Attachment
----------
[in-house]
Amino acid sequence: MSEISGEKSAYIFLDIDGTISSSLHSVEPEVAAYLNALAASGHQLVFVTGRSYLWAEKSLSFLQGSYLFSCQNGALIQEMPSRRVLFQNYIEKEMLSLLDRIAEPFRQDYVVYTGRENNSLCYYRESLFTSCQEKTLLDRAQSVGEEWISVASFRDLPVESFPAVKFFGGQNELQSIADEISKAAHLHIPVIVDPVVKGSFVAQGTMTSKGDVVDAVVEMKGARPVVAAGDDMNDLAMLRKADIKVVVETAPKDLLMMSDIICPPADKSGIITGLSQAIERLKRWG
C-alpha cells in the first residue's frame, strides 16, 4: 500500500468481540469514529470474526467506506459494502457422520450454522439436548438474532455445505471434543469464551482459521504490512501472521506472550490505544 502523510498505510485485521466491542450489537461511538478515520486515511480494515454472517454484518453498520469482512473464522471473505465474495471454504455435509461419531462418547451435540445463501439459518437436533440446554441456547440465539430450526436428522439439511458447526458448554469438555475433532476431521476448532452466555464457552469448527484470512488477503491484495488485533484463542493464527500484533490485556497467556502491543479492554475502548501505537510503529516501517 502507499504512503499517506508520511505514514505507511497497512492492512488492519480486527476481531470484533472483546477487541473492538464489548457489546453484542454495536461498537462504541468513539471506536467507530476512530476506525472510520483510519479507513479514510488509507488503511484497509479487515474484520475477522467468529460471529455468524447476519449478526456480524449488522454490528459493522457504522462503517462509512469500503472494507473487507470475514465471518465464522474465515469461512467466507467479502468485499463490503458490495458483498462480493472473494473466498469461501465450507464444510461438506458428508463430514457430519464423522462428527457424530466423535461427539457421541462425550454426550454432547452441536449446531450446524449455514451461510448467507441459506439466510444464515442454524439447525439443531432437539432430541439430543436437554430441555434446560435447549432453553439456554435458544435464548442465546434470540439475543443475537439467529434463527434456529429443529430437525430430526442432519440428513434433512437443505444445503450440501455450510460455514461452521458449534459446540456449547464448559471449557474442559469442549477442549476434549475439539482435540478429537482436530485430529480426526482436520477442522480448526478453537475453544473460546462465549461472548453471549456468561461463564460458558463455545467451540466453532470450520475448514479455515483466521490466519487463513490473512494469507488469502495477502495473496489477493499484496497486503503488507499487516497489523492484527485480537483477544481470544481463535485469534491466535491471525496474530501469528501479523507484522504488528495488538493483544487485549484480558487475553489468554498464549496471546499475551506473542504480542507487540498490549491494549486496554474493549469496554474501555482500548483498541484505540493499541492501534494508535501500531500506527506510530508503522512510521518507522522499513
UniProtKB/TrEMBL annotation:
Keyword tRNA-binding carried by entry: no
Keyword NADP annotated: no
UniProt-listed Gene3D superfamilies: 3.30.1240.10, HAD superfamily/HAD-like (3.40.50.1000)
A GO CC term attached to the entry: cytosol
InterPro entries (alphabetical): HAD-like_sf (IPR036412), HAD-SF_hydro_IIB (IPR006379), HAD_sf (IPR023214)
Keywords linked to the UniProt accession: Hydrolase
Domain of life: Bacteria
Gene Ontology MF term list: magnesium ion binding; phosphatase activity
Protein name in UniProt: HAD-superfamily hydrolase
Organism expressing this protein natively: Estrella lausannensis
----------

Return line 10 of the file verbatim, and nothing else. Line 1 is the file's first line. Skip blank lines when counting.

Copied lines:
Keywords linked to the UniProt accession: Hydrolase